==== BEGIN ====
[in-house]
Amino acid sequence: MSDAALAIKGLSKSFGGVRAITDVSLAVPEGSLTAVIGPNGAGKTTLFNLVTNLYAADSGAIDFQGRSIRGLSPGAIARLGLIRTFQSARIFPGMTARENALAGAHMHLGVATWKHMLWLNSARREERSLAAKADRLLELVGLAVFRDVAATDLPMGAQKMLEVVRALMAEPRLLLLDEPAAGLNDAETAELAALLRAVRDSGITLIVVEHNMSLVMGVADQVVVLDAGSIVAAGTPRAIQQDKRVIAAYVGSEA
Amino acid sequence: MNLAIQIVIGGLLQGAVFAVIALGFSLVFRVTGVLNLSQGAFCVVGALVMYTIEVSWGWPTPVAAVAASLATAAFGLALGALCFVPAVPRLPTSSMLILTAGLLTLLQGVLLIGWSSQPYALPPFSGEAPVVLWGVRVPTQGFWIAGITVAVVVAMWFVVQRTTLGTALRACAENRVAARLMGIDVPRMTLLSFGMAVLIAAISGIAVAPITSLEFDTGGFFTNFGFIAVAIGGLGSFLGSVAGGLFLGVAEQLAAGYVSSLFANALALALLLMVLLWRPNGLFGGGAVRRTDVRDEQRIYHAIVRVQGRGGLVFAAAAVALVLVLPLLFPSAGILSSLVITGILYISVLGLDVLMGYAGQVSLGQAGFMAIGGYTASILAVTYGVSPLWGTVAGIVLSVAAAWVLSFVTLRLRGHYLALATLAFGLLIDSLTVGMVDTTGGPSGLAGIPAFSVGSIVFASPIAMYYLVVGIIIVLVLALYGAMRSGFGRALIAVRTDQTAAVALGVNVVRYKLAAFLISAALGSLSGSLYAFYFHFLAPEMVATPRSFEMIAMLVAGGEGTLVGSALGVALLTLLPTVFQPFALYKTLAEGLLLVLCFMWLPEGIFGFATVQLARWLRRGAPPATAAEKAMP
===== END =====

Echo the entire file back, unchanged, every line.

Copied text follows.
[in-house]
Amino acid sequence: MSDAALAIKGLSKSFGGVRAITDVSLAVPEGSLTAVIGPNGAGKTTLFNLVTNLYAADSGAIDFQGRSIRGLSPGAIARLGLIRTFQSARIFPGMTARENALAGAHMHLGVATWKHMLWLNSARREERSLAAKADRLLELVGLAVFRDVAATDLPMGAQKMLEVVRALMAEPRLLLLDEPAAGLNDAETAELAALLRAVRDSGITLIVVEHNMSLVMGVADQVVVLDAGSIVAAGTPRAIQQDKRVIAAYVGSEA
Amino acid sequence: MNLAIQIVIGGLLQGAVFAVIALGFSLVFRVTGVLNLSQGAFCVVGALVMYTIEVSWGWPTPVAAVAASLATAAFGLALGALCFVPAVPRLPTSSMLILTAGLLTLLQGVLLIGWSSQPYALPPFSGEAPVVLWGVRVPTQGFWIAGITVAVVVAMWFVVQRTTLGTALRACAENRVAARLMGIDVPRMTLLSFGMAVLIAAISGIAVAPITSLEFDTGGFFTNFGFIAVAIGGLGSFLGSVAGGLFLGVAEQLAAGYVSSLFANALALALLLMVLLWRPNGLFGGGAVRRTDVRDEQRIYHAIVRVQGRGGLVFAAAAVALVLVLPLLFPSAGILSSLVITGILYISVLGLDVLMGYAGQVSLGQAGFMAIGGYTASILAVTYGVSPLWGTVAGIVLSVAAAWVLSFVTLRLRGHYLALATLAFGLLIDSLTVGMVDTTGGPSGLAGIPAFSVGSIVFASPIAMYYLVVGIIIVLVLALYGAMRSGFGRALIAVRTDQTAAVALGVNVVRYKLAAFLISAALGSLSGSLYAFYFHFLAPEMVATPRSFEMIAMLVAGGEGTLVGSALGVALLTLLPTVFQPFALYKTLAEGLLLVLCFMWLPEGIFGFATVQLARWLRRGAPPATAAEKAMP